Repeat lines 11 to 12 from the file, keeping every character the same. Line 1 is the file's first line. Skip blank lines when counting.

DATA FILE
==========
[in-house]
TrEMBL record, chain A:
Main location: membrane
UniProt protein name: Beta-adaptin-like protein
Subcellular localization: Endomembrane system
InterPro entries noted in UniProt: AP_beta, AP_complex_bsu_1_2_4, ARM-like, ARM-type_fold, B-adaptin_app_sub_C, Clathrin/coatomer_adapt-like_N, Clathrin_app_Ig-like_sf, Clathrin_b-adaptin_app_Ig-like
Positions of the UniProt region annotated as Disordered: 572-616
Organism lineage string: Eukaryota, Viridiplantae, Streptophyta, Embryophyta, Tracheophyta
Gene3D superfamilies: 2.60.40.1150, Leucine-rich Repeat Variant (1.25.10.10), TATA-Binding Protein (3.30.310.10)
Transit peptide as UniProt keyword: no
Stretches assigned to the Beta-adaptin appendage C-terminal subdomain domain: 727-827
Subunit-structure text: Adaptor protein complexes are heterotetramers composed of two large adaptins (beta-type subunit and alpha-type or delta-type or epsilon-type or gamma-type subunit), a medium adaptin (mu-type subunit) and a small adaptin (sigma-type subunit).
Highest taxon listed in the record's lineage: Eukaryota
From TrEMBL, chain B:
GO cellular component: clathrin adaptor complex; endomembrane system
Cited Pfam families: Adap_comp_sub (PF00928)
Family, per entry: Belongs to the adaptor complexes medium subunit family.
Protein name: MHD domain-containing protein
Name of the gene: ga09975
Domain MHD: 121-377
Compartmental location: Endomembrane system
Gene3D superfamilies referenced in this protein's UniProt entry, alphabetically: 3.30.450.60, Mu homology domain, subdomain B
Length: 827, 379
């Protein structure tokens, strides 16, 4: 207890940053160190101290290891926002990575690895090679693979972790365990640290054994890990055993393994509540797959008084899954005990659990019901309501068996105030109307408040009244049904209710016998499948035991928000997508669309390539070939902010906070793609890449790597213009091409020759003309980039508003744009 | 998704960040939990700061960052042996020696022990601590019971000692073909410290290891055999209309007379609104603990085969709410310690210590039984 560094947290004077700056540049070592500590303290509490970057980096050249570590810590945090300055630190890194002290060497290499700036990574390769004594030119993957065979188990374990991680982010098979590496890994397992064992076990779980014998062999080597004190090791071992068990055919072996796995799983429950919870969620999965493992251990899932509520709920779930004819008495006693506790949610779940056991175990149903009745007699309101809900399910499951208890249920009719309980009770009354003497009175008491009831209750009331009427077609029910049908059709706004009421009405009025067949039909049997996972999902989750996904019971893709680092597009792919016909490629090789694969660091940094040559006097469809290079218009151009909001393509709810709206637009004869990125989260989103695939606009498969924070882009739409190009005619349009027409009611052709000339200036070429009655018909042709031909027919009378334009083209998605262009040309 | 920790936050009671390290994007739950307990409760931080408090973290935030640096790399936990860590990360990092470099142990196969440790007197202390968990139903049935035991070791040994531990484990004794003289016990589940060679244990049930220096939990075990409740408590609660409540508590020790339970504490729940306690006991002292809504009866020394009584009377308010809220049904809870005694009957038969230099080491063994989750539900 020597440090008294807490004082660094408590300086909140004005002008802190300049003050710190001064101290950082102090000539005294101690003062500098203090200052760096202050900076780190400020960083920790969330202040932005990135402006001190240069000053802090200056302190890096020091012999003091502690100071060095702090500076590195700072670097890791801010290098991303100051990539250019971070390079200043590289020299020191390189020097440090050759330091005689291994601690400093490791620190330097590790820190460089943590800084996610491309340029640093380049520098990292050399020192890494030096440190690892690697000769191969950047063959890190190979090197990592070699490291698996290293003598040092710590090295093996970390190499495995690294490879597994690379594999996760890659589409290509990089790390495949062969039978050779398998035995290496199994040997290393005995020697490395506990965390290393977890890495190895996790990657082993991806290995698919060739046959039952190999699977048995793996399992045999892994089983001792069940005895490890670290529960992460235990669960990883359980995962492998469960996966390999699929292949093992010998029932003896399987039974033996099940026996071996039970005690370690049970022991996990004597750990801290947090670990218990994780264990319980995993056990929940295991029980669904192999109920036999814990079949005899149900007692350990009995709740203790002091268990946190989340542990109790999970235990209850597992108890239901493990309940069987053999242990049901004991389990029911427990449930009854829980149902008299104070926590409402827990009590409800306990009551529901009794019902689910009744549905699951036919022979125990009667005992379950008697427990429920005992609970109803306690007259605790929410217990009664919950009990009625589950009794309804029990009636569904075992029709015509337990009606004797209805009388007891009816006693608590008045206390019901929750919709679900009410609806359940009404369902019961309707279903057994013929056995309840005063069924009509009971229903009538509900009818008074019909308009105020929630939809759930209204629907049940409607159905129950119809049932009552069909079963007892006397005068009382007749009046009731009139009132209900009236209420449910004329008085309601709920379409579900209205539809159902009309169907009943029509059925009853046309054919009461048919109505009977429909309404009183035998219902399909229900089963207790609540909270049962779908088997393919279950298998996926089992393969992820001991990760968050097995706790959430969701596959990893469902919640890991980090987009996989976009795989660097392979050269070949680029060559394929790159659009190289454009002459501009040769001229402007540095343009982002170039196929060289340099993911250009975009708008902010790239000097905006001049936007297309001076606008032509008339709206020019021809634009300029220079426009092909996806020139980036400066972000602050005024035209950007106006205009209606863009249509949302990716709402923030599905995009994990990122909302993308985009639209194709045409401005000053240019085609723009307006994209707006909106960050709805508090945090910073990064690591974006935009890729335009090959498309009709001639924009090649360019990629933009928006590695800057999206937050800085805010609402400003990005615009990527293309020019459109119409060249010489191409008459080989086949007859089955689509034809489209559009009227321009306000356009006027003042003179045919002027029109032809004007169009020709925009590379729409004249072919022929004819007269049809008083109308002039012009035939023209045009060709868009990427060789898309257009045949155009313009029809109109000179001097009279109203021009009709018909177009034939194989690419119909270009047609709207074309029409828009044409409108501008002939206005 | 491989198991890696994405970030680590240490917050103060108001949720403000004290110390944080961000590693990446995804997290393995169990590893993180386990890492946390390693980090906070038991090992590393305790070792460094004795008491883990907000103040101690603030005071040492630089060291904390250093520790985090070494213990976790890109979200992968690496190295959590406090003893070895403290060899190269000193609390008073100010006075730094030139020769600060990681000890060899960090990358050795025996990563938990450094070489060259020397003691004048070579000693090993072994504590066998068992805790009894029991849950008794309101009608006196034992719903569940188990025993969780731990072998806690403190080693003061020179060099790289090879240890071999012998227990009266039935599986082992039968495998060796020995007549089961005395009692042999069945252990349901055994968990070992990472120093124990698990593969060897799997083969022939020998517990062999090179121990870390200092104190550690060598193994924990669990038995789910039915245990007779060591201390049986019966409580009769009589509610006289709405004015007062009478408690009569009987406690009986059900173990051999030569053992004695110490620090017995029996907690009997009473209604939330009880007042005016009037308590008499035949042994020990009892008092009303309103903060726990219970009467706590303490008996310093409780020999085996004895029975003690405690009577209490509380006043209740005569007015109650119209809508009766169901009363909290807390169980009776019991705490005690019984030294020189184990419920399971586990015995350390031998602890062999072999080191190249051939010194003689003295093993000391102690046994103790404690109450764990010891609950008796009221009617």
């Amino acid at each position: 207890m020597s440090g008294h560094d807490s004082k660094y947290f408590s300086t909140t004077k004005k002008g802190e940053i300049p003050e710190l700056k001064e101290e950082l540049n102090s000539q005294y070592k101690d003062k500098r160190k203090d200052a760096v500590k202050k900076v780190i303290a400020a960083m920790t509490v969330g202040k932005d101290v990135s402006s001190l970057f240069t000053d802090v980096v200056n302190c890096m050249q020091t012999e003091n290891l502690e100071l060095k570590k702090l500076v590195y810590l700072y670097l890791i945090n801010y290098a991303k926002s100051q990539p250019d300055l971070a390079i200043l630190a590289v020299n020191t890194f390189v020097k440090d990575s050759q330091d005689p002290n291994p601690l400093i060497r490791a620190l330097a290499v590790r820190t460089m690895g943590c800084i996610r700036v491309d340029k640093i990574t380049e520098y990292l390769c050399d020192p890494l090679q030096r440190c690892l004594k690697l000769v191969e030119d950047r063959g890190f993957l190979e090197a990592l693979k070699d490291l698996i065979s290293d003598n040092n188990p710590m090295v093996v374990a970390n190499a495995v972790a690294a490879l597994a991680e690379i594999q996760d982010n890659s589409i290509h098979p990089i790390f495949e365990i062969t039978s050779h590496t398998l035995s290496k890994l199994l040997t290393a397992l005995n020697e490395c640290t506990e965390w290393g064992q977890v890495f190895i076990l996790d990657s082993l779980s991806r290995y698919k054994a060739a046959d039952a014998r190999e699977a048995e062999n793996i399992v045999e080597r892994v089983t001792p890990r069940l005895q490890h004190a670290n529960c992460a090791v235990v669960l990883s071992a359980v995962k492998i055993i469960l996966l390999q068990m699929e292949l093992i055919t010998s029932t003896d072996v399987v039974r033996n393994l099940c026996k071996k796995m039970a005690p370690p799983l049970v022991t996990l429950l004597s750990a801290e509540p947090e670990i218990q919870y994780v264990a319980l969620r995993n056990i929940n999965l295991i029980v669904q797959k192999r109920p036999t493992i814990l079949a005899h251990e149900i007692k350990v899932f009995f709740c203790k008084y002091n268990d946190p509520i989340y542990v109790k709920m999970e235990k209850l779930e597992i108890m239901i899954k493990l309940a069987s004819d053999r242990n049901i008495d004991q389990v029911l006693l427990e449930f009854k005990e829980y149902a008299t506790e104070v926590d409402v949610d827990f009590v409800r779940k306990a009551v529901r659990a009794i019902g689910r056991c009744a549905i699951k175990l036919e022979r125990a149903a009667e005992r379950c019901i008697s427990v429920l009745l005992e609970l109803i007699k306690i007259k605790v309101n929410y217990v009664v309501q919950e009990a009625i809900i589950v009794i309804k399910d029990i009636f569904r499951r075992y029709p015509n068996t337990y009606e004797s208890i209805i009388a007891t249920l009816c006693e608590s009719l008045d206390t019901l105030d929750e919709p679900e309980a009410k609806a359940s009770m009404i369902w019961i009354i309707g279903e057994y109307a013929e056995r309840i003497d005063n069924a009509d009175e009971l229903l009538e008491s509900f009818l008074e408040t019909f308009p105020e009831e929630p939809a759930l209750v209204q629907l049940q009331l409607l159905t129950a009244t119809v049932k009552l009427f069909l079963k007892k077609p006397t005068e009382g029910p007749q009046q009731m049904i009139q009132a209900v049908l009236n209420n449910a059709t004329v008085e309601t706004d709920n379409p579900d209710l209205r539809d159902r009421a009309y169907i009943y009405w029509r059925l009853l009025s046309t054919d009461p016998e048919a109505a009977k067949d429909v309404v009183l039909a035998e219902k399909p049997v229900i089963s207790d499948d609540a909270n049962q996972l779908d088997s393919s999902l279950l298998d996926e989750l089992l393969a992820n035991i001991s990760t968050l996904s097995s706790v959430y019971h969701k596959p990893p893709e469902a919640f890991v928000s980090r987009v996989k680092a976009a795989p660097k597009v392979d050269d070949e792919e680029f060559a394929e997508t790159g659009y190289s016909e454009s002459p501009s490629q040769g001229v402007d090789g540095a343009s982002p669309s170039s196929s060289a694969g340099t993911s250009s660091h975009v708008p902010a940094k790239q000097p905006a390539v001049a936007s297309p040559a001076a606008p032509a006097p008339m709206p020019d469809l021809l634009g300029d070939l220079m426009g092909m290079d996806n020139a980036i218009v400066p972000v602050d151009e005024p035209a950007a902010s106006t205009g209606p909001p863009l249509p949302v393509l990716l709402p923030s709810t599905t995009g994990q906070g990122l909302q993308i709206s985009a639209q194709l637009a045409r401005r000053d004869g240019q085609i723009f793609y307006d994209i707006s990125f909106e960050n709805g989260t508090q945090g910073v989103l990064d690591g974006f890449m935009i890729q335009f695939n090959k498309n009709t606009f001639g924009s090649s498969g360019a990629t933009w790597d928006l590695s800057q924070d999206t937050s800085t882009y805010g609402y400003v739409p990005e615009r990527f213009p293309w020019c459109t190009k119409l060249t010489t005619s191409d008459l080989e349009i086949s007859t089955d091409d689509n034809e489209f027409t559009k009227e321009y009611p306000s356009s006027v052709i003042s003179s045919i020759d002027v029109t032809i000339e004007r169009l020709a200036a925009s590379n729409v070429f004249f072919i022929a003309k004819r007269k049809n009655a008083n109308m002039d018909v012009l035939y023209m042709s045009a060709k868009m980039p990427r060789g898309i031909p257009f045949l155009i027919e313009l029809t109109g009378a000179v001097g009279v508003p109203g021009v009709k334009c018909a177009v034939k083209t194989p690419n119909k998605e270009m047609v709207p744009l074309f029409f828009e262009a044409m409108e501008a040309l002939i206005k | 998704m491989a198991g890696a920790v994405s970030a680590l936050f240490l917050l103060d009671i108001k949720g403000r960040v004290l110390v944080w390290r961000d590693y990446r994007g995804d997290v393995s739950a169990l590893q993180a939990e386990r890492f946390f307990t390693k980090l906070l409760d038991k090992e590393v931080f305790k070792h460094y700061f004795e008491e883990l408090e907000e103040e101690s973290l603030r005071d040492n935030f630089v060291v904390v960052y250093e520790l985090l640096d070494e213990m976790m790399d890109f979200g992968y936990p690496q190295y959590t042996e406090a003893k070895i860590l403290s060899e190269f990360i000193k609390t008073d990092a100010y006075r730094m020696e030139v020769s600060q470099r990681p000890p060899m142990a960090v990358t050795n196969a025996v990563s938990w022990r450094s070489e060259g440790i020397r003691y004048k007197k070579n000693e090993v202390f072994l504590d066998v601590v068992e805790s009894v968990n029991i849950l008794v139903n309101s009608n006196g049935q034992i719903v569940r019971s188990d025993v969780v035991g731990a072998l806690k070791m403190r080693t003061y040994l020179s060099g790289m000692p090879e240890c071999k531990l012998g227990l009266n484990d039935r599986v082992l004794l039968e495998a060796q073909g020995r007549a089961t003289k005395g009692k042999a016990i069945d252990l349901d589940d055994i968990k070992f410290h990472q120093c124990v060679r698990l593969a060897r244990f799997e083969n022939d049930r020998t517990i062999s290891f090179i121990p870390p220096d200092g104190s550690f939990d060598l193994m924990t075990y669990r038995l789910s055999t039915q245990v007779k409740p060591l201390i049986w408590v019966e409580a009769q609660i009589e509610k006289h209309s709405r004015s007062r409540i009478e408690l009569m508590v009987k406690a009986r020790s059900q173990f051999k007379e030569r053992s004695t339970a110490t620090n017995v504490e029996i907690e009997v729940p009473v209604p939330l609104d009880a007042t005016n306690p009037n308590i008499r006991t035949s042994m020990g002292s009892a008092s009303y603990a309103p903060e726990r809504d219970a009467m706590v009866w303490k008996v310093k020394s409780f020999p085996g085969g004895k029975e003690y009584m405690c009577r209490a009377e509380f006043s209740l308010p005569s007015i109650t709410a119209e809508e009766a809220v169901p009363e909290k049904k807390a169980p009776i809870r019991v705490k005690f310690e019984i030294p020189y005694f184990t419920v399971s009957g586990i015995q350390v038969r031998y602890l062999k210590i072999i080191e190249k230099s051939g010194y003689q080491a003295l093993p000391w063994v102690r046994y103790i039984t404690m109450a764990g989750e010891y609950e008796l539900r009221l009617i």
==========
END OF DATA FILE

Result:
Stretches assigned to the Beta-adaptin appendage C-terminal subdomain domain: 727-827
Subunit-structure text: Adaptor protein complexes are heterotetramers composed of two large adaptins (beta-type subunit and alpha-type or delta-type or epsilon-type or gamma-type subunit), a medium adaptin (mu-type subunit) and a small adaptin (sigma-type subunit).